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  14. I'm pretty curious about if there will be a sequel and if so how it'll be. I think I would read it but I could see it going really great or really not. I'm glad you found aspects to enjoy but I felt the same about the MC. I had zero connection to her. I also never felt any chemistry between the characters (save Talis) I LOVE Talis.

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  15. The summary sounds so weird that I never cared about this book, but now I'm interesed. After reading and feeling frustrated with Reboot I need to read something like this.
    Great review, Jen!

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  16. The summary sounds so weird that I never cared about this book, but now I'm interesed. After reading and feeling frustrated with Reboot I need to read something like this.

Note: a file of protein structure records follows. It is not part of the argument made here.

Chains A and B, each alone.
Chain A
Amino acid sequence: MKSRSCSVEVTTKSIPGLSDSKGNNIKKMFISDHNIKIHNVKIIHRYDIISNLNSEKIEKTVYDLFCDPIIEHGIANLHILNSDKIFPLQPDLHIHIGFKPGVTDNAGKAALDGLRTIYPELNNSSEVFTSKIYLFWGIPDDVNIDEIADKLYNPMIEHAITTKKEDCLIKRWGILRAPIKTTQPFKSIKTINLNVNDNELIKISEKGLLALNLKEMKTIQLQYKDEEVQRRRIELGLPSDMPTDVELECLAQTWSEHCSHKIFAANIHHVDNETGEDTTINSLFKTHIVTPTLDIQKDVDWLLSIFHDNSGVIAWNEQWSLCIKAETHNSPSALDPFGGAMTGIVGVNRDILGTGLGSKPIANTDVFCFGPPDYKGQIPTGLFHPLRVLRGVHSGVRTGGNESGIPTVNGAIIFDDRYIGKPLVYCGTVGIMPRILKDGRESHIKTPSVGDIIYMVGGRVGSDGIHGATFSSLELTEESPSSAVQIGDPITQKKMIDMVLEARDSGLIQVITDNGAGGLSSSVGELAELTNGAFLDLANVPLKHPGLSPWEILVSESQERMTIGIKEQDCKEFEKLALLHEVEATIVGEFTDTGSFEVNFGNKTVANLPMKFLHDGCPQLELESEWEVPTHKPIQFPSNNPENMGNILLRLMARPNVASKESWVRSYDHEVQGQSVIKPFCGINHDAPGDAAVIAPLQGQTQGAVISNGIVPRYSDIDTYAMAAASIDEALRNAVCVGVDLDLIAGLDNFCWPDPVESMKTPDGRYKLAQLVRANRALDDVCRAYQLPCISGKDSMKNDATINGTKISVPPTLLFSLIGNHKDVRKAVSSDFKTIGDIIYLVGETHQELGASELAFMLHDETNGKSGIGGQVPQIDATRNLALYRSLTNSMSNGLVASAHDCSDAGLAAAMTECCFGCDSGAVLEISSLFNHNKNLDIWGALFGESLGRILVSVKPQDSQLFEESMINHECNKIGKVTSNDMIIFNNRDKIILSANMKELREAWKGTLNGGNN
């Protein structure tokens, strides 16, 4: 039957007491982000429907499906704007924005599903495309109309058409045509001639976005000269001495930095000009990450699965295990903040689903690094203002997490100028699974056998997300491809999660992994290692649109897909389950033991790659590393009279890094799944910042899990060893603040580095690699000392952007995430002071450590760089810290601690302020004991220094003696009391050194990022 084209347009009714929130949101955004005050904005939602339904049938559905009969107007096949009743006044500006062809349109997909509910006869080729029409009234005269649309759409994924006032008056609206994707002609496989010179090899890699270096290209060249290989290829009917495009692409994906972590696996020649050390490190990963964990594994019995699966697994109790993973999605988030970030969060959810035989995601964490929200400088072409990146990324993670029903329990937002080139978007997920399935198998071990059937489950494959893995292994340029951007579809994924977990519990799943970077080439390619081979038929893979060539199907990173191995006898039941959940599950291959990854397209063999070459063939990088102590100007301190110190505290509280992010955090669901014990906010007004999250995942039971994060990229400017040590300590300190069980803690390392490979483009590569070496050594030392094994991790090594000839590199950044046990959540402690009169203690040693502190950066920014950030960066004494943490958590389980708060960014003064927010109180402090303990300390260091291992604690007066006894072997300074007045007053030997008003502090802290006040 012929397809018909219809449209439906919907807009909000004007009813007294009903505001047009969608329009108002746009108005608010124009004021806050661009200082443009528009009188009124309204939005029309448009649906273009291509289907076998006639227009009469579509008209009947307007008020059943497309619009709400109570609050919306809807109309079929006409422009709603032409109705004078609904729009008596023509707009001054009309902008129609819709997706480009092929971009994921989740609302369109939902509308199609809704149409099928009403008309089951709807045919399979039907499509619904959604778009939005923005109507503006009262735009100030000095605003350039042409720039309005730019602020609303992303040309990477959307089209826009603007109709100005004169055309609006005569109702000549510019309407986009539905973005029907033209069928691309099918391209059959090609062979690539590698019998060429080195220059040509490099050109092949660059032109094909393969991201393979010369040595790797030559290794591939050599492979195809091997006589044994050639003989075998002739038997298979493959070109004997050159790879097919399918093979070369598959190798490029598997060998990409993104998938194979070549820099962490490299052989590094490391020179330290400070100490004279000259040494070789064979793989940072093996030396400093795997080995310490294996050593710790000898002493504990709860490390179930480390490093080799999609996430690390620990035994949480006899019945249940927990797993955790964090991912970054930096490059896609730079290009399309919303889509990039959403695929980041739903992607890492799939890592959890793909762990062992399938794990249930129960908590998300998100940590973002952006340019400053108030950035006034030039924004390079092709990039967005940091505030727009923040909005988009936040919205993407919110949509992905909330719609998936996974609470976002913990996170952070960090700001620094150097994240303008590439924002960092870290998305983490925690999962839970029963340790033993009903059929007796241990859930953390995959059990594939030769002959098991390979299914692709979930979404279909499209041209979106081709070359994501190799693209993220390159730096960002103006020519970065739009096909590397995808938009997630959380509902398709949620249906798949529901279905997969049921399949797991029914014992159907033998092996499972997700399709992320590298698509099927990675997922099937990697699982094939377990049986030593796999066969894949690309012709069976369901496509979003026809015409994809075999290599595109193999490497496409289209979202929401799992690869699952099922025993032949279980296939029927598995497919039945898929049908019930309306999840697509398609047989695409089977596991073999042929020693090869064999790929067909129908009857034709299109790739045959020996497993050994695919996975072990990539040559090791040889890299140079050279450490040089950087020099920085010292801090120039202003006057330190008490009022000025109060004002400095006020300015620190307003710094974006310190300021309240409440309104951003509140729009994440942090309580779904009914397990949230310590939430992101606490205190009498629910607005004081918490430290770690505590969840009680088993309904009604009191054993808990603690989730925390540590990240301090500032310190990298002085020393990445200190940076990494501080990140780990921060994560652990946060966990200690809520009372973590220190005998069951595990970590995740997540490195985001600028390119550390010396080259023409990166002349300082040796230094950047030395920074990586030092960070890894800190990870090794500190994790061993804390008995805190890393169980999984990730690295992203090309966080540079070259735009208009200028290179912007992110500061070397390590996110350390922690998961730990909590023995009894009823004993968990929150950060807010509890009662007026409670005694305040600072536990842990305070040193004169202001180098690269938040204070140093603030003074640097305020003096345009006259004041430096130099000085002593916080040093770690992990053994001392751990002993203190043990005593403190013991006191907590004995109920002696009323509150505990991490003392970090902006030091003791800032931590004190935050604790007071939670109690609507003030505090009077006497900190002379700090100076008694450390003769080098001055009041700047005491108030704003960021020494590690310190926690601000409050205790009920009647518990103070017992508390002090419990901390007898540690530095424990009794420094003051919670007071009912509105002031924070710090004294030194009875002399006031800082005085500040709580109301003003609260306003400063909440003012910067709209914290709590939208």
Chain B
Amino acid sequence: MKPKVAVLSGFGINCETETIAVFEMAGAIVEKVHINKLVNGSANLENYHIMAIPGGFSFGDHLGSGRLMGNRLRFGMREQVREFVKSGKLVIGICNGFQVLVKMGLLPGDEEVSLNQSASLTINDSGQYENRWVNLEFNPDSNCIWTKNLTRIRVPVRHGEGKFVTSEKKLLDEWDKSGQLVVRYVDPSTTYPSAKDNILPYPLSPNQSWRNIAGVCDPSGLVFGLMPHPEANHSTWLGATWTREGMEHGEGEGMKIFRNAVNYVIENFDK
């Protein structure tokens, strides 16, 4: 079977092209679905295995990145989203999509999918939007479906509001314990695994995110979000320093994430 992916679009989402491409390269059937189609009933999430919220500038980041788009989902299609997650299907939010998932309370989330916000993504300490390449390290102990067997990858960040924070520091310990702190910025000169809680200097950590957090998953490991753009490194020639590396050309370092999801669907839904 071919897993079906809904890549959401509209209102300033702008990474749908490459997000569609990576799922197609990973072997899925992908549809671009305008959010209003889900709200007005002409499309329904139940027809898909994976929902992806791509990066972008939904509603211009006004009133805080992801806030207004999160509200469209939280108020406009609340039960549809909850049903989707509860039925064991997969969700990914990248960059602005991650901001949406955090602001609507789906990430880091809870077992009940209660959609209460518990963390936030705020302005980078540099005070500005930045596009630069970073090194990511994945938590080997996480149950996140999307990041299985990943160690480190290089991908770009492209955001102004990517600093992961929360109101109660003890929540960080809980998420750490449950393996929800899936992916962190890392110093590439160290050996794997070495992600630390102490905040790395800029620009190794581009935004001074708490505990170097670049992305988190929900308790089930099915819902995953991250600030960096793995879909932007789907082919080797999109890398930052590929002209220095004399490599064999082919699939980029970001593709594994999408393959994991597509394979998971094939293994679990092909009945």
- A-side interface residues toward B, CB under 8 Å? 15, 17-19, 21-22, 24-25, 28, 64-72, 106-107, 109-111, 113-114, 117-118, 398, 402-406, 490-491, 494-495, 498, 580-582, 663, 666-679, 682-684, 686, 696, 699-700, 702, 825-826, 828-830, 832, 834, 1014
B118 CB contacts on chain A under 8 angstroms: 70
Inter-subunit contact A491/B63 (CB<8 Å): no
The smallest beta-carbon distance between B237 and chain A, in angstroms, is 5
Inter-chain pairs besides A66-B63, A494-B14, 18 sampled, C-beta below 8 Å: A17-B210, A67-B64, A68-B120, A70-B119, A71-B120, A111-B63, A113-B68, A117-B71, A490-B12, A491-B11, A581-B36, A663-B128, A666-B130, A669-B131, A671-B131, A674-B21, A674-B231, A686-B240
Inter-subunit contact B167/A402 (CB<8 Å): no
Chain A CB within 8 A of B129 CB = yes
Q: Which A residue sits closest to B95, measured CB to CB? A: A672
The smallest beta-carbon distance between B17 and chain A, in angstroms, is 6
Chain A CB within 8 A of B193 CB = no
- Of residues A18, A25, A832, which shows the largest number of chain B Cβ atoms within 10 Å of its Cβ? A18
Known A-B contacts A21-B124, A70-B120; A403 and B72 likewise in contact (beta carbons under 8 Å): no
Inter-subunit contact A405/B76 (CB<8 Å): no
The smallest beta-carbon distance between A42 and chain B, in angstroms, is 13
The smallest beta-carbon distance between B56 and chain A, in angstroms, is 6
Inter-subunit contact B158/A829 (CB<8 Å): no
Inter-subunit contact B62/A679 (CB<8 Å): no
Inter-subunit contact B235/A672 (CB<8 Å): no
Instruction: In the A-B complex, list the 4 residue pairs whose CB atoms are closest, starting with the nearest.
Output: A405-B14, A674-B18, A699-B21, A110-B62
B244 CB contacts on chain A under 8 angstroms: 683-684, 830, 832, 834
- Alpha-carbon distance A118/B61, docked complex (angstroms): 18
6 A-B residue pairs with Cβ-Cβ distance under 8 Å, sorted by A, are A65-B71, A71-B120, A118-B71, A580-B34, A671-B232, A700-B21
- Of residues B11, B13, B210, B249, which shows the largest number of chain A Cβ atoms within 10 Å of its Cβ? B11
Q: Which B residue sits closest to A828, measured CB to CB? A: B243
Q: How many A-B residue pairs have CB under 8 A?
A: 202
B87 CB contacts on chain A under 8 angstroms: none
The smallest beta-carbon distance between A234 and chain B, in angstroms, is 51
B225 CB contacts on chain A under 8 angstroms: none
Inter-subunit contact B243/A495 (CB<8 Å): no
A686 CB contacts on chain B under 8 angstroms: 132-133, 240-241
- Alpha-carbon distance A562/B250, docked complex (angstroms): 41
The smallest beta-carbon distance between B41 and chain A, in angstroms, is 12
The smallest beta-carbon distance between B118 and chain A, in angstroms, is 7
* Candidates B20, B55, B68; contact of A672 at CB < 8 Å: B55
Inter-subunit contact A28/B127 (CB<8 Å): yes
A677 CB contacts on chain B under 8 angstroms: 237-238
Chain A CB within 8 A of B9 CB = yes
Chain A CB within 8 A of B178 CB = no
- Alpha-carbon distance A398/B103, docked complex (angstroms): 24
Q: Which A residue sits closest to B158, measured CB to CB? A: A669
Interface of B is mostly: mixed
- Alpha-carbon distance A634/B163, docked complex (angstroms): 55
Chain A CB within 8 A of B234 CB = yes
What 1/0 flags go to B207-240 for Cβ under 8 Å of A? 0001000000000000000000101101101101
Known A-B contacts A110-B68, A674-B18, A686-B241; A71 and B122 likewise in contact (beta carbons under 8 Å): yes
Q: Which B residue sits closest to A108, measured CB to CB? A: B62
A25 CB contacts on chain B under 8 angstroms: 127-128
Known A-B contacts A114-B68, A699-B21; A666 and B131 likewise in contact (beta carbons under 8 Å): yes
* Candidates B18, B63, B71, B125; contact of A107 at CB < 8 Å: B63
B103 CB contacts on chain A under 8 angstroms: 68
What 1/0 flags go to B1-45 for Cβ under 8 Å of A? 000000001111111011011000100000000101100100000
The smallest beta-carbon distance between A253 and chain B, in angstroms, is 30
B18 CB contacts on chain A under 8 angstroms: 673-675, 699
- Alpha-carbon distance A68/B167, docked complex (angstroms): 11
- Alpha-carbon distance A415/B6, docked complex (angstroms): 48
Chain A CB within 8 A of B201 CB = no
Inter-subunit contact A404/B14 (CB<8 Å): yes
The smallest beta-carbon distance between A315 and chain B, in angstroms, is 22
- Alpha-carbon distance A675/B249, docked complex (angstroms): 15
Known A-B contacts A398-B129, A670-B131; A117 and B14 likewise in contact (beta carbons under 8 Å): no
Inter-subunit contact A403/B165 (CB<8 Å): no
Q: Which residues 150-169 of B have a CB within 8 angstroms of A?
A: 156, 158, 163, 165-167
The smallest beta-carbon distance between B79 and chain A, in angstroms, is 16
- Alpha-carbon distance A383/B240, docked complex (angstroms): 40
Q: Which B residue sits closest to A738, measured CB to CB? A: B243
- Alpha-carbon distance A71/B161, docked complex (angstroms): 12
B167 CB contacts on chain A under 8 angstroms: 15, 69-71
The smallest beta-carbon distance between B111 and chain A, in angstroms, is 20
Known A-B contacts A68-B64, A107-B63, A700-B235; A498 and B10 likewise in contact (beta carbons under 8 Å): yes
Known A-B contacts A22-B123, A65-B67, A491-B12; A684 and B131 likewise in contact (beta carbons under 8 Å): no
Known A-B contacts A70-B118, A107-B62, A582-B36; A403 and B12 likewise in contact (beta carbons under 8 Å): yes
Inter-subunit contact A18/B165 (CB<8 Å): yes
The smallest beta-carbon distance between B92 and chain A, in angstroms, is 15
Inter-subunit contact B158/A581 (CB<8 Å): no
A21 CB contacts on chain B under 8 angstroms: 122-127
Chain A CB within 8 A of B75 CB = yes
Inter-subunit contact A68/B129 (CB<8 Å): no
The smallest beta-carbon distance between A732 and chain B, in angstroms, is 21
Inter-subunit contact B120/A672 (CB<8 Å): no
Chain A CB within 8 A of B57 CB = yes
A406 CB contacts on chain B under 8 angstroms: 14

Great review, Jen!

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  17. I'm quite intrigued about this one, and even more after reading your review. I really like when books take the road less travelled instead of the expected one!
    I'm a bit more worried about not being able to connect with the MC/narrator... that always takes so much away from the enjoyment of a book for me...